MEND continues success in Prince Albert

Jodi
Jodi Schellenberg
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With childhood obesity on the rise, many families are looking for a way to stay active.

Janet Daigneault explains what the MEND program can do for families during the Community Networking Coalition on Tuesday.

During the Community Networking Coalition meeting on Tuesday, Janet Daigneault made a presentation about MEND -- Mind, Exercise, Body, Do It!

“MEND is a free healthy lifestyle program that combines physical activity with healthy eating … for a lasting lifestyle change,” Daigneault said. “It is a program that was developed to help fight the rise of childhood obesity … I think we all know that is a pretty big concern right now.”

Daigneault said MEND was created to not only to fight the rise of childhood obesity, but also to help with the social and health implications of children being overweight.

“There are few proven cost-effective and scalable weight management programs for children,” Daigneault said.

Childhood obesity has many impacts on those who are going through it, Daigneault explained.

“We know that children who are (overweight) have decreased self-esteem and self-confidence and added health problems such as asthma, diabetes and high blood pressure,” Daigneault said.

They can also deal with many social problems as well, such as discrimination.

“MEND aims to empower families and children to become fitter and healthier and live happier lives,” Daigneault said. “The College of Kinesiology at the University of Saskatchewan brought the program to Saskatchewan in 2012 … (They) took MEND and got it started in Saskatoon in 2012.”

The initial plan was to bring MEND to Prince Albert the following year and then to the southern part of the province in 2014. So far, they have been on track.

“The MEND program is available right now for children ages seven to 13,” Daigneault said. “We are looking for families, including siblings.”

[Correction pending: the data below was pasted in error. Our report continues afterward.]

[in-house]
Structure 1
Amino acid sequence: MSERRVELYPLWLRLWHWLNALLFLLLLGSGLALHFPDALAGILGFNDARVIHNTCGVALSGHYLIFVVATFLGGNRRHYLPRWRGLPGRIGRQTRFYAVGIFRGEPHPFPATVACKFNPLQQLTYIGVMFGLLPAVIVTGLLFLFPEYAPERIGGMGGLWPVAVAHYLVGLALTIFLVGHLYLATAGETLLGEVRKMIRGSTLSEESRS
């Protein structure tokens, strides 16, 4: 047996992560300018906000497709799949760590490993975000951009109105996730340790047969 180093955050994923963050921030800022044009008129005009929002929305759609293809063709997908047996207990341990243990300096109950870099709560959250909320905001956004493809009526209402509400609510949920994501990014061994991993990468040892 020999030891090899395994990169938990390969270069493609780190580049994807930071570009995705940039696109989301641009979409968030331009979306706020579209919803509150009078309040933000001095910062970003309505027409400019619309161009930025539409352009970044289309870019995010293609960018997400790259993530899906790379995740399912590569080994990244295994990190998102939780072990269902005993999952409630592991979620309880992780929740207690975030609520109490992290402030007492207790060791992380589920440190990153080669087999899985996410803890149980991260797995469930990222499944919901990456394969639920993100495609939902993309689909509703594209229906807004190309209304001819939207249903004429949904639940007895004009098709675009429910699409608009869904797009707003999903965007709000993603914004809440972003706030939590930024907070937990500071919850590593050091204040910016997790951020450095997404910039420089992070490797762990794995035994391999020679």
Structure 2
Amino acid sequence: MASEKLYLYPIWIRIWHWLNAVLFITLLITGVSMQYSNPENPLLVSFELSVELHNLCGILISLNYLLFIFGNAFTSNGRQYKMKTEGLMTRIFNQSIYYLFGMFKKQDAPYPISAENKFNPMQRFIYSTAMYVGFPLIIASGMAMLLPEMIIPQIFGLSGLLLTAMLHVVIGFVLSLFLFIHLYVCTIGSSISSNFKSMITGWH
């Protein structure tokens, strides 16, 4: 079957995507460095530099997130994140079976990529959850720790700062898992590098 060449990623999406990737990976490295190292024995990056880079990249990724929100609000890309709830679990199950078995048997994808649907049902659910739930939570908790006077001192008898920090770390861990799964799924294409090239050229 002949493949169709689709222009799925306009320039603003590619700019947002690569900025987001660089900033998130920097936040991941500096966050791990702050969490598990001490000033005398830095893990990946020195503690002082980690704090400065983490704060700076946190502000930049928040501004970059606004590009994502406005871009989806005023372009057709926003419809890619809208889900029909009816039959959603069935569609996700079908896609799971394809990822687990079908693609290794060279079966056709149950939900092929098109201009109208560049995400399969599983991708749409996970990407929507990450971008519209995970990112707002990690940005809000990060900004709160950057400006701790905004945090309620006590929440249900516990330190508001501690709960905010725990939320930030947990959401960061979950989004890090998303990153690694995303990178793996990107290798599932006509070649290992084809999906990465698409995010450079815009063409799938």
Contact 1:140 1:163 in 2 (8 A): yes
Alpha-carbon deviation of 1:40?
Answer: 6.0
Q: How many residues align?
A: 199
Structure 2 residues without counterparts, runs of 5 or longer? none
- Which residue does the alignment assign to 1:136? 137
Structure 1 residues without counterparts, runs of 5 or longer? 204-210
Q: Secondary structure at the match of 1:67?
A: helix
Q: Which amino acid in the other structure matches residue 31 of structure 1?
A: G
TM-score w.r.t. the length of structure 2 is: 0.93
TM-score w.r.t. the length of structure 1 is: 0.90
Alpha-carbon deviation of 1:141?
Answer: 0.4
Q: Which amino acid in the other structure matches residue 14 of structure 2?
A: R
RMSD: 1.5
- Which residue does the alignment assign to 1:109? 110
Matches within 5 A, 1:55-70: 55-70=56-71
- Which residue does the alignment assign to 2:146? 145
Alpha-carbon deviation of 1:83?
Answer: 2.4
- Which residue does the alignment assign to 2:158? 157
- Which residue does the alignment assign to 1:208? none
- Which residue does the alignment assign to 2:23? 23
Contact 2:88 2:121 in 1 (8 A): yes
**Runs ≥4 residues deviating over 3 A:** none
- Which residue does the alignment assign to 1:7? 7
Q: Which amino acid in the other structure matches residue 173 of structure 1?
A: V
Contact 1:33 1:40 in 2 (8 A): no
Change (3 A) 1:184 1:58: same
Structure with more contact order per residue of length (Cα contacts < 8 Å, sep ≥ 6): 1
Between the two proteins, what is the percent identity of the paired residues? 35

The first portion of the program is theory, where the leaders do activities and games based around nutrition. One of the activities is going to a grocery store and reading the labels on food packages.

“Some sessions are based on the difference between hunger and a craving, food labels or unrefined and refined grains,” Daigneault said.

The second hour of the program is dedicated to going into the gym and getting active.

“That is the fun part for the kids because they like to be active,” Daigneault said. “I think that is what we are trying to do and remind them that we are trying to get kids active.”

This generation of children is not very active and seems to live more sedentary lives, playing on computers and iPads instead of being active.

“I think our generation, with our cultures, we are very sedentary,” Daigneault said. “The children of the generations now are lacking that playtime and getting outside playing.

“When I was a kid, that was what I was doing but I find now kids will watch TV or play on their iPads so I think it is a big problem in society today,” Daigneault said.

The program helps families learn how to have an active lifestyle.

“The kids get to go into the gym and play a non-competitive fun time -- it just gets them exercising for the whole hour,” Daigneault said. “Kids just don’t get enough (exercise). I am trying to get kids physically active everyday, at least for an hour.”

The program is for anyone looking for help, Daigneault said.

“Maybe they have a fussy eating in their families or maybe there is concern about their kids not getting enough physical activity time or maybe they just want to learn more about nutrition and behaviours with food,” Daigneault said. “Families who are interested in making a healthy lifestyle change, getting their children active and are concerned about their diet -- MEND can help.”

One thing Daigneault stressed is MEND is not a weight loss program for children.

“I really don’t like that maybe it is targeted as being a weight loss program when it really isn’t,” Daigneault said. “We are looking to empower families by sharing information and brainstorming how we can make safe, healthy changes in our lives to benefit our families in the long run. It is kind of a preventative program I guess.”

Children in the program will receive a backpack, T-shirt and water bottle, as well as a copy of the curriculum.

“This is not a super strict curriculum,” Daigneault said. “It is a lot of sharing information. It is really simple information. We are not there to preach about making (a big change). Making small changes will make a difference in the long run.”

The latest program started on Monday and will run on Mondays and Thursdays for 10 weeks. Although the program just started, Daigneault said people can still register if there is space. Another session will start in April.

Anyone interested in learning more about the free program can contact Daigneault at 306-960-4568 or through email at jdaigneault@sasksport.sk.ca.

Organizations: College of Kinesiology, Prince Albert, Community Networking Coalition University of Saskatchewan

Geographic location: Saskatchewan, Saskatoon

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